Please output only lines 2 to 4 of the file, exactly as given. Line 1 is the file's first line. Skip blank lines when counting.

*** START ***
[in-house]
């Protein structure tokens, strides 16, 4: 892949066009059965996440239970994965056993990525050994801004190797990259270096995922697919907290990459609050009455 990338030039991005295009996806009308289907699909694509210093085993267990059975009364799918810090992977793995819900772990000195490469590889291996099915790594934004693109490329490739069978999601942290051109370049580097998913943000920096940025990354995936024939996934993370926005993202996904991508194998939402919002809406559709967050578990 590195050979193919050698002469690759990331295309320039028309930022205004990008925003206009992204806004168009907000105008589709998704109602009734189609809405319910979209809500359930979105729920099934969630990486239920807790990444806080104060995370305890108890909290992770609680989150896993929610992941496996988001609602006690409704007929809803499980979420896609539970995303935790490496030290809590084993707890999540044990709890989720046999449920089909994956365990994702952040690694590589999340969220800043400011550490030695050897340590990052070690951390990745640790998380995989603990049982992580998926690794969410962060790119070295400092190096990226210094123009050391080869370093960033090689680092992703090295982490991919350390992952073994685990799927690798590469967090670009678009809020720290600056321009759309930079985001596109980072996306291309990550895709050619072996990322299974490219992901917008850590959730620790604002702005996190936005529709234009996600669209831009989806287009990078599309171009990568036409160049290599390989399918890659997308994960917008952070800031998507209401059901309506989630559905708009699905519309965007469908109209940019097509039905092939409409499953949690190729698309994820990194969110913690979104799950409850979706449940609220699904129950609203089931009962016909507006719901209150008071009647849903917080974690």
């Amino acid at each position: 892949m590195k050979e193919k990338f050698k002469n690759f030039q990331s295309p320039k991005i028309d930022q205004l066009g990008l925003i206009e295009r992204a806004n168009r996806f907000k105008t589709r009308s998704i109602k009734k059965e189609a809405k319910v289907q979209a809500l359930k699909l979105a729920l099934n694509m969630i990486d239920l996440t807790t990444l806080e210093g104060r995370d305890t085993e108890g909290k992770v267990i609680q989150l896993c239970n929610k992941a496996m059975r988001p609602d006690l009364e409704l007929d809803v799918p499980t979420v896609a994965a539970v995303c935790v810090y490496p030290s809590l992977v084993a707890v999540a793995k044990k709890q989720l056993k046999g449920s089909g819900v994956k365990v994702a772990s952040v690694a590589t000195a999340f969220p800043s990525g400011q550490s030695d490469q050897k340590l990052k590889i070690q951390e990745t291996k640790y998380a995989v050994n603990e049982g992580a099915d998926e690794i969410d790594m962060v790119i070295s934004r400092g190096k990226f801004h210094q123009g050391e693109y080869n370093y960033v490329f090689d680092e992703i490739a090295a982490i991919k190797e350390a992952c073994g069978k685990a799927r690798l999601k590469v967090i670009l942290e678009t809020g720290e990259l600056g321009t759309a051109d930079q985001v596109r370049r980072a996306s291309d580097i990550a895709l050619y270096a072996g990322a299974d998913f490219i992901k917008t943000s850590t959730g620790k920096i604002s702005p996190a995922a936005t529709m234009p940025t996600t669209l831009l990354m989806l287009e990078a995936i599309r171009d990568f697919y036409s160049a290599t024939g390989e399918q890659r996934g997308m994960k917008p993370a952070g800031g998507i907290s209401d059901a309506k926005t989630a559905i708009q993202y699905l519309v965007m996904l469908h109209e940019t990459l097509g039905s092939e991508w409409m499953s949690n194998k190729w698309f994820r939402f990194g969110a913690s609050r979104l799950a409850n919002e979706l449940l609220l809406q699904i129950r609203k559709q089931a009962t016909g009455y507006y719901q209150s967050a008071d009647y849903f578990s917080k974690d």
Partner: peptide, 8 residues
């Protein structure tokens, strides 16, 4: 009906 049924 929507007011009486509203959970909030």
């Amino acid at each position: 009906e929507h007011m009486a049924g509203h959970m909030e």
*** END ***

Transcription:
């Protein structure tokens, strides 16, 4: 892949066009059965996440239970994965056993990525050994801004190797990259270096995922697919907290990459609050009455 990338030039991005295009996806009308289907699909694509210093085993267990059975009364799918810090992977793995819900772990000195490469590889291996099915790594934004693109490329490739069978999601942290051109370049580097998913943000920096940025990354995936024939996934993370926005993202996904991508194998939402919002809406559709967050578990 590195050979193919050698002469690759990331295309320039028309930022205004990008925003206009992204806004168009907000105008589709998704109602009734189609809405319910979209809500359930979105729920099934969630990486239920807790990444806080104060995370305890108890909290992770609680989150896993929610992941496996988001609602006690409704007929809803499980979420896609539970995303935790490496030290809590084993707890999540044990709890989720046999449920089909994956365990994702952040690694590589999340969220800043400011550490030695050897340590990052070690951390990745640790998380995989603990049982992580998926690794969410962060790119070295400092190096990226210094123009050391080869370093960033090689680092992703090295982490991919350390992952073994685990799927690798590469967090670009678009809020720290600056321009759309930079985001596109980072996306291309990550895709050619072996990322299974490219992901917008850590959730620790604002702005996190936005529709234009996600669209831009989806287009990078599309171009990568036409160049290599390989399918890659997308994960917008952070800031998507209401059901309506989630559905708009699905519309965007469908109209940019097509039905092939409409499953949690190729698309994820990194969110913690979104799950409850979706449940609220699904129950609203089931009962016909507006719901209150008071009647849903917080974690």
């Amino acid at each position: 892949m590195k050979e193919k990338f050698k002469n690759f030039q990331s295309p320039k991005i028309d930022q205004l066009g990008l925003i206009e295009r992204a806004n168009r996806f907000k105008t589709r009308s998704i109602k009734k059965e189609a809405k319910v289907q979209a809500l359930k699909l979105a729920l099934n694509m969630i990486d239920l996440t807790t990444l806080e210093g104060r995370d305890t085993e108890g909290k992770v267990i609680q989150l896993c239970n929610k992941a496996m059975r988001p609602d006690l009364e409704l007929d809803v799918p499980t979420v896609a994965a539970v995303c935790v810090y490496p030290s809590l992977v084993a707890v999540a793995k044990k709890q989720l056993k046999g449920s089909g819900v994956k365990v994702a772990s952040v690694a590589t000195a999340f969220p800043s990525g400011q550490s030695d490469q050897k340590l990052k590889i070690q951390e990745t291996k640790y998380a995989v050994n603990e049982g992580a099915d998926e690794i969410d790594m962060v790119i070295s934004r400092g190096k990226f801004h210094q123009g050391e693109y080869n370093y960033v490329f090689d680092e992703i490739a090295a982490i991919k190797e350390a992952c073994g069978k685990a799927r690798l999601k590469v967090i670009l942290e678009t809020g720290e990259l600056g321009t759309a051109d930079q985001v596109r370049r980072a996306s291309d580097i990550a895709l050619y270096a072996g990322a299974d998913f490219i992901k917008t943000s850590t959730g620790k920096i604002s702005p996190a995922a936005t529709m234009p940025t996600t669209l831009l990354m989806l287009e990078a995936i599309r171009d990568f697919y036409s160049a290599t024939g390989e399918q890659r996934g997308m994960k917008p993370a952070g800031g998507i907290s209401d059901a309506k926005t989630a559905i708009q993202y699905l519309v965007m996904l469908h109209e940019t990459l097509g039905s092939e991508w409409m499953s949690n194998k190729w698309f994820r939402f990194g969110a913690s609050r979104l799950a409850n919002e979706l449940l609220l809406q699904i129950r609203k559709q089931a009962t016909g009455y507006y719901q209150s967050a008071d009647y849903f578990s917080k974690d």
Partner: peptide, 8 residues